Tips and tricks

Xfconf settings

Xfconf is XFCE's system for storing configuration options, and most XFCE configuration is done by editing settings in Xfconf (one way or another). There are several ways to modify these settings:

  • The most obvious and easiest way is to go to "Settings" in the main menu and select the category you want to customize. However, not all customization options are available this way.
  • A less user-friendly but more general way is to go to
    Main menu -> Settings -> Settings Editor
    where you can see and modify all the customization options. Any settings modified here will take effect immediately. The Settings Editor can also be launched from the command line by invoking xfce4-settings-editor.
  • Customization can be done completely from the command line using the program xfconf-query. See the XFCE online documentation for more information and examples and the rest of this wiki page for more examples. Settings changed here will take effect immediately.
  • The settings are stored in XML files in ~/.config/xfce4/xfconf/xfce-perchannel-xml/ which can be edited by hand. However, changes made here will not take effect immediately.
  • For more information: Xfconf documentation


xfce panel background

Edit ~/.gtkrc-2.0. Note that you must place the image in the same directory as the configuration, which is ~/. You can not specify the path to the image, or it will not work.

 style "panel-background" {
   bg_pixmap[NORMAL]        = "foo.bar"
   bg_pixmap[PRELIGHT]      = "foo.bar"
   bg_pixmap[ACTIVE]        = "foo.bar"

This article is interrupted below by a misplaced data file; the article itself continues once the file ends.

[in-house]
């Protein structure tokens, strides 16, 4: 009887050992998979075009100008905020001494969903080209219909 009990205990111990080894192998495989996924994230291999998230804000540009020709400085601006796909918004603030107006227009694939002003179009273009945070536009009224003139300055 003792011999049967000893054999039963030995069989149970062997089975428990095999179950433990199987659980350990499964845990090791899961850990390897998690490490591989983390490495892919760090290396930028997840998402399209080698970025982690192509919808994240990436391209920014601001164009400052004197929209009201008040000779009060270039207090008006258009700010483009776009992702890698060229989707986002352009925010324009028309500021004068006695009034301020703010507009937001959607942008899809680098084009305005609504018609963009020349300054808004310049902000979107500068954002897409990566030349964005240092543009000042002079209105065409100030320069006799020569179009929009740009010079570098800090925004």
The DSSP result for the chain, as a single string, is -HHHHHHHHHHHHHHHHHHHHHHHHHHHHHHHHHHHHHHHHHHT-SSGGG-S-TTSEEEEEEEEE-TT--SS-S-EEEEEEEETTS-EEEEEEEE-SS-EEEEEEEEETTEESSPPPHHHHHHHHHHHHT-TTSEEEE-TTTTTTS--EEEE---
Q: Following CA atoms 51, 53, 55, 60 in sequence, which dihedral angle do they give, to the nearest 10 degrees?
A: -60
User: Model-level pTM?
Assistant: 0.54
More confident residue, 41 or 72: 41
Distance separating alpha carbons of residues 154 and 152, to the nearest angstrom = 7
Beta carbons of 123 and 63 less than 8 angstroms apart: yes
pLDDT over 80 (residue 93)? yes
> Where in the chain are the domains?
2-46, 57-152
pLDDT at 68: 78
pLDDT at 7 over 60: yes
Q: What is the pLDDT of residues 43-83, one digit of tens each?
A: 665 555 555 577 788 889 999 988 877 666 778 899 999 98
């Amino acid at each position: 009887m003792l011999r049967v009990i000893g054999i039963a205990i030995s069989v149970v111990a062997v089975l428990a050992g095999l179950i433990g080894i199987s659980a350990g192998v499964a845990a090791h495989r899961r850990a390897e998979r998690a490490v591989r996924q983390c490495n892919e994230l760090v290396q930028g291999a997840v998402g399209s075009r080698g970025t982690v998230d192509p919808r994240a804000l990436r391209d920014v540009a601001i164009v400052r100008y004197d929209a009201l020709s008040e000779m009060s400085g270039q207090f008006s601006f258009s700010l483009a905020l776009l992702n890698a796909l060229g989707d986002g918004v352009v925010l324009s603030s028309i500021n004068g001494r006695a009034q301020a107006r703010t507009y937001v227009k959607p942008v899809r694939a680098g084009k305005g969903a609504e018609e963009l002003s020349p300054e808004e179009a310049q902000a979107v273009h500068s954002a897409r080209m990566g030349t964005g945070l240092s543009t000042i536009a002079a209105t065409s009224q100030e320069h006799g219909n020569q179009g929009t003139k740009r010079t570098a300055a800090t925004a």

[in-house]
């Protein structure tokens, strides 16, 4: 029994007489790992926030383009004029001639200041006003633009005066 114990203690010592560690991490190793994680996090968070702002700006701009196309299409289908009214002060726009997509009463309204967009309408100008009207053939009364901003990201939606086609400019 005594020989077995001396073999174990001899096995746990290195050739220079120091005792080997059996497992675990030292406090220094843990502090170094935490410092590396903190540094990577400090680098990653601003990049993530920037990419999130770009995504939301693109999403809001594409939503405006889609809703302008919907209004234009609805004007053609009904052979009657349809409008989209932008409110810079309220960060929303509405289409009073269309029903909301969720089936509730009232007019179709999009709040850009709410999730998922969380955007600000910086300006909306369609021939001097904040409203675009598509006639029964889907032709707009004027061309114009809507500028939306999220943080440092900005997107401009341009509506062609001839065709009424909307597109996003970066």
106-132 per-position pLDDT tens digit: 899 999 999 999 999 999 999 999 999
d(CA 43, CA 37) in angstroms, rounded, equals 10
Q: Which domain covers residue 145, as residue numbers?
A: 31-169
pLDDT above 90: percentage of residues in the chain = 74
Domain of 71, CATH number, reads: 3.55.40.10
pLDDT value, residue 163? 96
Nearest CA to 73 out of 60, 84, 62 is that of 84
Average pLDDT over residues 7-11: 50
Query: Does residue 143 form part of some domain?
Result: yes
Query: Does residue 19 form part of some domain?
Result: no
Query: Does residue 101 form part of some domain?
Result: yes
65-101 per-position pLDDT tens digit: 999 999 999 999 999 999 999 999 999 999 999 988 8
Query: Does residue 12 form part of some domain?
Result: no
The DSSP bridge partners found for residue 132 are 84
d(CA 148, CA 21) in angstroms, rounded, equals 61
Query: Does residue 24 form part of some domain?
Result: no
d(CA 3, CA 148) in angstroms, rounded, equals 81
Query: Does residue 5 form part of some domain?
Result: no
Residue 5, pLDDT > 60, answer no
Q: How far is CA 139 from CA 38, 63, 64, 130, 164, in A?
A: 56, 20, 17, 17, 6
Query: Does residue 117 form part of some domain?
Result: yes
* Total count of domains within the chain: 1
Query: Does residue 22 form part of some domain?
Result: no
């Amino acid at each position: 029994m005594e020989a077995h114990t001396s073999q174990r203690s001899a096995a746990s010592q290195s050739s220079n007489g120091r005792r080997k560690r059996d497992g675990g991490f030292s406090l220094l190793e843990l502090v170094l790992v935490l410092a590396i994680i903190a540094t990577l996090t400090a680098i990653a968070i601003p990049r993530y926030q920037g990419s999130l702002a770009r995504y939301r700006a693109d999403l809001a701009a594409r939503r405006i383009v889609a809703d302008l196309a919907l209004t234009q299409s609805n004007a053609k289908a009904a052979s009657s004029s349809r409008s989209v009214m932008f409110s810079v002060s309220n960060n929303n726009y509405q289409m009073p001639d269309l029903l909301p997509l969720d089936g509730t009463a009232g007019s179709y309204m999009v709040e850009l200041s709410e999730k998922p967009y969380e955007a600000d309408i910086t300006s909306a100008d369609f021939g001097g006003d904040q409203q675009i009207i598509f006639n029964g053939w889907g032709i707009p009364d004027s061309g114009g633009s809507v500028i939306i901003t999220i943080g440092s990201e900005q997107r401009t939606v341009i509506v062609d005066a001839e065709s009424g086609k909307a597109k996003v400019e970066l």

bg_pixmap[SELECTED]      = "foo.bar"
   bg_pixmap[INSENSITIVE]   = "foo.bar"
 widget_class "*Panel*" style "panel-background"

'menu' panel replacement

The "Ubuntu System Panel" (GNOME) panel applet has similar features to those found in its KDE v4.2 equivalent. It can be added to an Xfce panel via the 'XfApplet' panel applet, which allows GNOME applets to be used in Xfce.

It is available in the AUR as the usp2AUR package.

Removing entries from the System menu

Method 1

With the built-in menu editor, you cannot remove menu entries from the System menu. Here’s how to hide them:

  1. Open Terminal (Xfce menu > System > Terminal) and go to the /usr/share/applications folder:
    $ cd /usr/share/applications
  2. This folder should be full of .desktop files. To see a list type:
    $ ls
  3. Add NoDisplay=true to the .desktop file. For example, if you want to hide Firefox, type in the terminal:
    # echo "NoDisplay=true" >> firefox.desktop
    This command appends the text NoDisplay=true to the end of the .desktop file.
Method 2

Another method is to copy the entire contents of the global applications directory over to your local applications directory, and then proceed to modify and/or disable unwanted .desktop entries. This will survive application updates that overwrite changes under /usr/share/applications/.

  1. In a terminal, copy everything from /usr/share/applications to ~/.local/share/applications/:
    $ cp /usr/share/applications/* ~/.local/share/applications/
  2. For any entry you wish to hide from the menu, add the NoDisplay=true option:
    $ echo "NoDisplay=true" >> ~/.local/share/applications/foo.desktop